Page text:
3. 3.Adequate procedures shall be established within the national legal system to resolve land claims by the peoples concerned.

During the 1990s and beyond, a series of communications and reports by UN human rights monitoring bodies consistently recognized indigenous peoples’ right to their traditional lands and territories, as well as compensation for any expropriation. These recognitions were based on the understanding that such rights are integral to the collective human rights of indigenous communities, ensuring their ability to fully enjoy and practice of their unique cultures.

Reference to consultation, participation and consent of indigenous peoples regarding their development can also be found in the UN Declaration on the Right to Development,6 which mentions in Article 2(3) that the right to development includes “active, free and meaningful participation in development.”7

A further example is the UN General Assembly’s Programme of Action for the Second International Decade of the World’s Indigenous People.8 One of the objectives of this Programme was in “promoting full and effective participation of indigenous peoples in decisions which directly or indirectly affect their lifestyles, traditional lands or territories, their cultural identity as indigenous peoples with collective rights or any other aspect of their lives, considering the principle of free, prior and informed consent.”

This basically echoes the stance of the Committee on the Elimination of Racial Discrimination (cerd), which, in its General Recommendation xxiii on the Rights of Indigenous People, called on states to “ensure that members of indigenous peoples have equal rights in respect of effective participation in public life and that no decisions directly relating to their rights and interest are taken without their informed consent.”9

The International Convention on Economic Social and Cultural Rights (1996) (icescr)10 and the International Convention on Civil and Political Rights (1996) (iccpr)11 share a common Article 1 that affirms the rights of all peoples to self-determination. By virtue of this right, all peoples “freely determine their political status and freely pursue their economic, social and cultural development.” In monitoring state compliance with the icescr, the Committee on Economic, Social and Cultural Rights (cescr) has highlighted the need for states to obtain indigenous people’s consent in matters of resource exploitation. For instance, in its 2001 Concluding Observations on the periodic report on Colombia, the cescr noted with regret that the traditional lands of indigenous peoples have been reduced or occupied, without their consent, by timber, mining and oil companies, at the expense of the exercise of their culture and the equilibrium of the ecosystem.12 Likewise, in 2004 the cescr stated in relation to Ecuador that it was deeply concerned that natural extracting concessions had been granted to international companies without the full consent of the communities concerned.13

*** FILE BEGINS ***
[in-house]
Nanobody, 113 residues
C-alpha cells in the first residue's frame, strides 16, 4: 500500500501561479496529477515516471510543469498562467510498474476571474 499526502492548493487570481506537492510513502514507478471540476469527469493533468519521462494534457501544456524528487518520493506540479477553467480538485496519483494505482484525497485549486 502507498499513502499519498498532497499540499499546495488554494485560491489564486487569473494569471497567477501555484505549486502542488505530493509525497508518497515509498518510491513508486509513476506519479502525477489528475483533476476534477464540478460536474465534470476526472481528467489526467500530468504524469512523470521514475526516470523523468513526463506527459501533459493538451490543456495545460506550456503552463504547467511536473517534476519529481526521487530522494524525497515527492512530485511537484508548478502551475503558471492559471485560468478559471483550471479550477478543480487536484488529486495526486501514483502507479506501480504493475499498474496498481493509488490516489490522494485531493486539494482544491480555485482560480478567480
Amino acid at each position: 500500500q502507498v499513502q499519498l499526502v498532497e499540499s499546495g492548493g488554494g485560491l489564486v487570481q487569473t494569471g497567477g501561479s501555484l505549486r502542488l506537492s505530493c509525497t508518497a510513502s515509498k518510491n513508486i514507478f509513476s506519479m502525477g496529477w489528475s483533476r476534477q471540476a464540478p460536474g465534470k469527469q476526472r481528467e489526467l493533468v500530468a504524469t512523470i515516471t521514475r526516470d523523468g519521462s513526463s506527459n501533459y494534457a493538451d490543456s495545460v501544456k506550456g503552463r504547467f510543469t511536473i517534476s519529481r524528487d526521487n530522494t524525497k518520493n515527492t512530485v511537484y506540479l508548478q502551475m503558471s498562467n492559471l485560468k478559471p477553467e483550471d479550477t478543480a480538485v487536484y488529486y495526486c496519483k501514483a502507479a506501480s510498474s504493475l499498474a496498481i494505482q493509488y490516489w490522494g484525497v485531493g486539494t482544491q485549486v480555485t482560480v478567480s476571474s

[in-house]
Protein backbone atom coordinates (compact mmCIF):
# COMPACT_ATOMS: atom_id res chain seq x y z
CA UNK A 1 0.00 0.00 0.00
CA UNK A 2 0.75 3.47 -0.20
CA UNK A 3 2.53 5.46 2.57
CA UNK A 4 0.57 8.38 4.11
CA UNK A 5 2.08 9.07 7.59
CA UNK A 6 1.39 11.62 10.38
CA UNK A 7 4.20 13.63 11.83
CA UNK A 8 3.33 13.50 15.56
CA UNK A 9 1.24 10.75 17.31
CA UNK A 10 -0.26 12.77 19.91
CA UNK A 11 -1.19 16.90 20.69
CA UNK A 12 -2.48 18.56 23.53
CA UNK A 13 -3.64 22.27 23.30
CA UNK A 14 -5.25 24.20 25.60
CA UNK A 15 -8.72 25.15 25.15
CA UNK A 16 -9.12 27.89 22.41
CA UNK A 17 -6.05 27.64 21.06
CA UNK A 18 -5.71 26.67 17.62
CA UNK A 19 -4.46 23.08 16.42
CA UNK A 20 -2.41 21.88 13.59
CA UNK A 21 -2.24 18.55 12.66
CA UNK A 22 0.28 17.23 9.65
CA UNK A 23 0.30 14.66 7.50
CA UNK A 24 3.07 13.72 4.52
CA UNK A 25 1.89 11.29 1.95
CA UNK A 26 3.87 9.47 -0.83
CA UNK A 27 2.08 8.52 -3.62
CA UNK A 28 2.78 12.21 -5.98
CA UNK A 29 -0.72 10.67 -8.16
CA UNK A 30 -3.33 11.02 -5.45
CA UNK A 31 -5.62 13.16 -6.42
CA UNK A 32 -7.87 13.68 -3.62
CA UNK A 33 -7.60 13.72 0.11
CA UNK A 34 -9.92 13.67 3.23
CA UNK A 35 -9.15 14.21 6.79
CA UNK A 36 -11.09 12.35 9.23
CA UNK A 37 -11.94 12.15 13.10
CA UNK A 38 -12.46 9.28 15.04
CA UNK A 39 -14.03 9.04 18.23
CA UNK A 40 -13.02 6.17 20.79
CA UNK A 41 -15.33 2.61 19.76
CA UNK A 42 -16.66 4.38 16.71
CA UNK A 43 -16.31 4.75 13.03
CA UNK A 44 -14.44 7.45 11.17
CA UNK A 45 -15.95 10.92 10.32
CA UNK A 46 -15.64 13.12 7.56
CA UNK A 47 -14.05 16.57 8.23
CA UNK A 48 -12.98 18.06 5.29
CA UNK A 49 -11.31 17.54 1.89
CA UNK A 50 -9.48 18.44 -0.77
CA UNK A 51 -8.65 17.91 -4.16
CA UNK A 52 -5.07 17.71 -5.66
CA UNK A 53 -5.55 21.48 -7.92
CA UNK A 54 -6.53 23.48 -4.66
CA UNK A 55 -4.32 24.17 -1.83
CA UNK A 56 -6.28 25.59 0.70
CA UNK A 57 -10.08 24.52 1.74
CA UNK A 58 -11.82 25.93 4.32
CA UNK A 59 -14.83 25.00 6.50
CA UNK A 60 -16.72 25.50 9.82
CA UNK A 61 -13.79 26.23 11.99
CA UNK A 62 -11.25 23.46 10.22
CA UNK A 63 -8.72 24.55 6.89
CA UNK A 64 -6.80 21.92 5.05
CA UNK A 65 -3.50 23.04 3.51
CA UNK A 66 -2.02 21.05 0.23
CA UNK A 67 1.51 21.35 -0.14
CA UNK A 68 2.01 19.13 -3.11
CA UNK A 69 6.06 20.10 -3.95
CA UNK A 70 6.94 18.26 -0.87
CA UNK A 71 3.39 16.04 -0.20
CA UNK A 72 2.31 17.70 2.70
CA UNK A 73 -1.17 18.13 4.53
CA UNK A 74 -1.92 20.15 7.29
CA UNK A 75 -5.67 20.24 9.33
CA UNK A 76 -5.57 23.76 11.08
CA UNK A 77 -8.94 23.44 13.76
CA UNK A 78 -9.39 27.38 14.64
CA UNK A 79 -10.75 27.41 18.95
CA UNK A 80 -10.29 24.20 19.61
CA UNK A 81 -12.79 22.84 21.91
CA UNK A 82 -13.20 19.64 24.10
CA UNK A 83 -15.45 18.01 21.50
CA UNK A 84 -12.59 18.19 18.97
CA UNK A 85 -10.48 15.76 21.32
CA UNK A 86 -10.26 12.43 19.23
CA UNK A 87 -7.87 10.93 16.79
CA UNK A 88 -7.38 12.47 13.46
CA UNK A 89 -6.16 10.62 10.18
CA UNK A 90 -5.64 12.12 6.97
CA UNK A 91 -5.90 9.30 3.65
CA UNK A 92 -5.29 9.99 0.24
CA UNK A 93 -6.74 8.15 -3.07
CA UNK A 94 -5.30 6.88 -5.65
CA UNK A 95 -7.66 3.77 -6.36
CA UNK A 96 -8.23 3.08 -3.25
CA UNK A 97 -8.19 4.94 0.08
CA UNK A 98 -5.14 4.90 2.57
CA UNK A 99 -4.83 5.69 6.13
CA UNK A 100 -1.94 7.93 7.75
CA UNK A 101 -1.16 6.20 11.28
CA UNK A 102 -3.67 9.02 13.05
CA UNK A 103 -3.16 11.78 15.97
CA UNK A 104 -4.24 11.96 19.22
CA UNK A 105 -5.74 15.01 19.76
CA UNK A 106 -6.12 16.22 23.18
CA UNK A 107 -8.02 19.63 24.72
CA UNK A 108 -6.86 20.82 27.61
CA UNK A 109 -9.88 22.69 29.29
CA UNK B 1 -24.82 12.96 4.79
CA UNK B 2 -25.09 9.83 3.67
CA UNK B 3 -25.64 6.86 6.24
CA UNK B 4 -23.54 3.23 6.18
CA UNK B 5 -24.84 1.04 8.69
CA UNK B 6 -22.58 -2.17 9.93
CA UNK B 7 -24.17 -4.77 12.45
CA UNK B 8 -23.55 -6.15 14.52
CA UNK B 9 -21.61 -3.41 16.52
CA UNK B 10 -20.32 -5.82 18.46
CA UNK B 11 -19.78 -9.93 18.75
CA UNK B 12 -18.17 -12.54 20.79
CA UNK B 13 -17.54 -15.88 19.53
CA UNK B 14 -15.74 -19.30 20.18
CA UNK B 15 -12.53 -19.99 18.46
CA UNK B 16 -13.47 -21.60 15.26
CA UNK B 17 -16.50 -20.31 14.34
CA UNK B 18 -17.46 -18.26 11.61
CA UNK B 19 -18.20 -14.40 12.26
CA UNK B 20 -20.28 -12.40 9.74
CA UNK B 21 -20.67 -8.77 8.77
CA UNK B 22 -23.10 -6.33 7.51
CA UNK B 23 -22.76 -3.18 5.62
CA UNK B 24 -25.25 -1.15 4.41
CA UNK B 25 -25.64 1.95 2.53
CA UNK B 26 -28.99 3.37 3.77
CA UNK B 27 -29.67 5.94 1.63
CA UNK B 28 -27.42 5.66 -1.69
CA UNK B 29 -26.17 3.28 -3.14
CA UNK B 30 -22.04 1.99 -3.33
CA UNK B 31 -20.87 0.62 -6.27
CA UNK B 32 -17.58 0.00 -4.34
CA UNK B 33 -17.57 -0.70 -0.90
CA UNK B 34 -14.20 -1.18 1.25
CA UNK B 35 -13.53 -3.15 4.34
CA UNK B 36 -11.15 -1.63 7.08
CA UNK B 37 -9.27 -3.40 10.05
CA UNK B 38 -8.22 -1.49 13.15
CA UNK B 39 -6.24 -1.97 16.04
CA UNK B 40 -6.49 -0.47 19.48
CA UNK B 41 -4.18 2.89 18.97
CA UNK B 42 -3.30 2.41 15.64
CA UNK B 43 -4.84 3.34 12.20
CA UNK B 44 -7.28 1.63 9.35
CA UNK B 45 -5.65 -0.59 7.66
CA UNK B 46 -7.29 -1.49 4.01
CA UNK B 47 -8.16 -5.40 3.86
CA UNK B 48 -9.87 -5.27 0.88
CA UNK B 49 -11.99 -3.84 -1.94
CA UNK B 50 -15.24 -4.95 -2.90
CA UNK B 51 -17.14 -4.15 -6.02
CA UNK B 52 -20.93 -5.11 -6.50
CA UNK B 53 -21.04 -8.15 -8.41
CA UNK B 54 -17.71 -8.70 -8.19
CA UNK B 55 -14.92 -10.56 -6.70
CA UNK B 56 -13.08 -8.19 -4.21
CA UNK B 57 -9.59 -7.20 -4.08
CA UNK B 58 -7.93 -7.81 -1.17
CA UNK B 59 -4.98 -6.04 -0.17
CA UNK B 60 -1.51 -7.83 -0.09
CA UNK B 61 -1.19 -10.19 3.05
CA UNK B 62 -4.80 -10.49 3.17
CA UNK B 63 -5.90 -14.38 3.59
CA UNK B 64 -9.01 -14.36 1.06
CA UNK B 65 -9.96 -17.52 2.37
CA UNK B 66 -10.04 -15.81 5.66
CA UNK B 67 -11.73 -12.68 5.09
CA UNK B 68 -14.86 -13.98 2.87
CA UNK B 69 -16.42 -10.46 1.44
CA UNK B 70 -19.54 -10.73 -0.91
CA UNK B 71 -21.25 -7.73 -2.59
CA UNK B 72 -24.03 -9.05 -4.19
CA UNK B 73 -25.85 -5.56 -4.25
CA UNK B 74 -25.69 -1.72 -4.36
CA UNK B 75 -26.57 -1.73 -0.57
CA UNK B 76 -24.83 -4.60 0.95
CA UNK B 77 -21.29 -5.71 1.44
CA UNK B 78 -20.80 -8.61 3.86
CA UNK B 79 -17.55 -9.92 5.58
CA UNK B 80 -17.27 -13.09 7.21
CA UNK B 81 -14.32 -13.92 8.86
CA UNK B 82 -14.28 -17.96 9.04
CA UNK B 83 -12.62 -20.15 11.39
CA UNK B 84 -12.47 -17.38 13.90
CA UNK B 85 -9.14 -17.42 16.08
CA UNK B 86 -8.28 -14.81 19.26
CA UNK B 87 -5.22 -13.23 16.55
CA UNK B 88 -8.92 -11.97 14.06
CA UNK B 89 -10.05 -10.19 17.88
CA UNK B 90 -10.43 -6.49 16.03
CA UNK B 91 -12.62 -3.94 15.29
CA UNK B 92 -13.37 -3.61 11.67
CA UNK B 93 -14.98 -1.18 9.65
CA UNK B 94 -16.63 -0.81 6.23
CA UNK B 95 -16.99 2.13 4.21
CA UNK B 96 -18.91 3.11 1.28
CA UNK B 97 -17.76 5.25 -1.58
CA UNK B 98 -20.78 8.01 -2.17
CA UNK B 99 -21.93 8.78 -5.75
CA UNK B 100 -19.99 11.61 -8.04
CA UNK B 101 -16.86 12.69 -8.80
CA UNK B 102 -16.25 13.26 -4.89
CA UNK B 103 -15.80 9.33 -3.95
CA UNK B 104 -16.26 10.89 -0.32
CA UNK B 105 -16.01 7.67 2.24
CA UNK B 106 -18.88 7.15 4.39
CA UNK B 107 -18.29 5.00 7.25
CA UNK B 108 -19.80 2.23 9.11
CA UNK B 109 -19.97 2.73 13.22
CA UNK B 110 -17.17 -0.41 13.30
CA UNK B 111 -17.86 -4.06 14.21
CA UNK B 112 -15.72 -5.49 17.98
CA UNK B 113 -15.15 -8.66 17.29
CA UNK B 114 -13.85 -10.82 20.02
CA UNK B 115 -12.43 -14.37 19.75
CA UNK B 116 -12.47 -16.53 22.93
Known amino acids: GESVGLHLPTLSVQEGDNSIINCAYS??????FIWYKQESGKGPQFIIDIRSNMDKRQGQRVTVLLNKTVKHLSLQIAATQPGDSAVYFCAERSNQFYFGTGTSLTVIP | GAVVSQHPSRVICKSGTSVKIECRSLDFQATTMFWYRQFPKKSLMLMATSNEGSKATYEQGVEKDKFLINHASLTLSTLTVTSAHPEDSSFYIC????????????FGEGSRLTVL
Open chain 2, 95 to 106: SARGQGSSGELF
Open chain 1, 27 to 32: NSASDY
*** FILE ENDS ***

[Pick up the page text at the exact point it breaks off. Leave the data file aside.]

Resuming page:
Despite undrip being a non-binding declaration, it is not without any standard-setting significance. Its adoption was supported by 144 states, while 11 states abstained and four states voted against it. Those four states (Australia, Canada, the United States and New Zealand) subsequently endorsed undrip. Due consideration must be given to the major influence on the development of international law by other UN declarations such as the Universal Declaration on Human Rights;14 the Declaration of Legal Principles Governing the Activities of States in the Exploration and Use of Outer Space;15 and the Declaration on the Granting of Independence to Colonial Countries and Peoples.16 In Filartiga v. Pena-Irala17 the US Second Circuit Court of Appeals declared that UN declarations are significant because they specify with great precision the obligations of UN member states. undrip is unarguably such an international instrument that specifically addresses the obligations of states towards their indigenous peoples. In Simon v. Canada,18 for instance, the Federal Court held that while undrip does not create substantive rights, it nevertheless favors an interpretation that will embody its values.

3 Definition of Indigenous People

Having determined the legal status of undrip, it is also opportune at this juncture to briefly define the term indigenous people. For purposes of this chapter, the following definition can be accepted as being authoritative.

This definition sees indigenous people as:

Communities, people’s and nations … which have a historical continuity with pre-invasion and pre-colonial societies, that developed on their territories, consider themselves distinct from other sectors of the societies now prevailing in these territories or parts of them. They form at present non-dominant sectors of society and are determined to preserve develop and transmit to future generations their ancestral territories, and their ethnic identity, as the basis of their continued existence as peoples, in accordance with their own cultural patterns, social institutions and legal systems.19